I had the pleasure of reading Richard Branson’s autobiography, Losing My Virginity last year. It is a thick book but you won’t feel like keeping it aside even for a cup of tea or a meal as the book is written in such a way that uninterrupted reading is needed. I had already heard about this genius of a businessman who fights an unending battle of dyslexia yet, despite all that, there are 400 odd companies to his credit. He starts business by publishing a magazine called “Student” while a teenager but fails to sell it to another party and the magazine dies a natural death. Then he starts a mail order record business. Later he names the business Virgin Records and expands the business to other continents as well.
Like most of the other entrepreneurs, Branson also is a man of many a facet. He has a queer childhood dealing with dyslexia as a student, has several affairs with women, lives a pretty good family life and, more than anything else, he is a great risk-taker. He travels around the world in a balloon with a professional and meets near-death experiences and still has a passion for more adventure at his old age. He has his own peculiar type of marketing campaigns for his new ventures that take the audience by storm.
He never is disturbed by failure throughout his career as a businessman. He takes risks. Who else will start a venture like Virgin Galactic at a time NASA manages almost all their space programs with the government money? Branson is not disturbed by the failure of the first flight to take a cargo spacecraft to the International Space Station.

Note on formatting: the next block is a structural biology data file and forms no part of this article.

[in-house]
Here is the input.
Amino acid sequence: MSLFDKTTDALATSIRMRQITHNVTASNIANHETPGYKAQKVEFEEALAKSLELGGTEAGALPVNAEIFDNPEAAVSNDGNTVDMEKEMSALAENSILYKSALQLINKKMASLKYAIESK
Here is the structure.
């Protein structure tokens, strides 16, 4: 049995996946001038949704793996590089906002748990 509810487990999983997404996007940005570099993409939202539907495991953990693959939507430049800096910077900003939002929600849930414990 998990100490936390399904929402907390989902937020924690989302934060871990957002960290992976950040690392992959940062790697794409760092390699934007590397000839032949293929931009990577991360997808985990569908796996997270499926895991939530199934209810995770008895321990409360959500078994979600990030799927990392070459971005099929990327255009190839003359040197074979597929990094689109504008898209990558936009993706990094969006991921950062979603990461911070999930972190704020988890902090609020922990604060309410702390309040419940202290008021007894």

Branson becomes brutally honest about his relationships, unethical business deals in the first part of his career, etc. He reveals them all in a way no other person of his caliber will be comfortable with at all.
In the introduction of the book, Branson tells us that “Losing My Virginity” is Volume One of his autobiography, which takes him up to his early 40s. So, let’s hope that we would be able to read a sequel at least after his retirement, if he ever retires for that matter. It was rumored in October 2010 “Variety” magazine that Losing My Virginity was being adapted into a biopic by David Mirkin, who would write, direct and co-produce the film with Steven Paul. But there is no information available as far as I know about the status of that project.
Branson published this book, “Losing My Virginity” in 1998. With the success of this, he later published some other books including Screw It, Let’s Do It (2006), Business Stripped Bare: Adventures of a Global Entrepreneur (2008), Reach for the Skies: Ballooning, Birdmen and Blasting Into Space (2010), Screw Business as Usual (2011), Like a Virgin: Secrets They Won’t Teach You at Business School (2013) and The Virgin Way: How to Listen, Learn, Laugh and Lead (2014). Branson published an updated edition of Losing My Virginity in 2005. He tells us his views on 9/11 and how it affected his business, especially his airline Virgin Atlantic.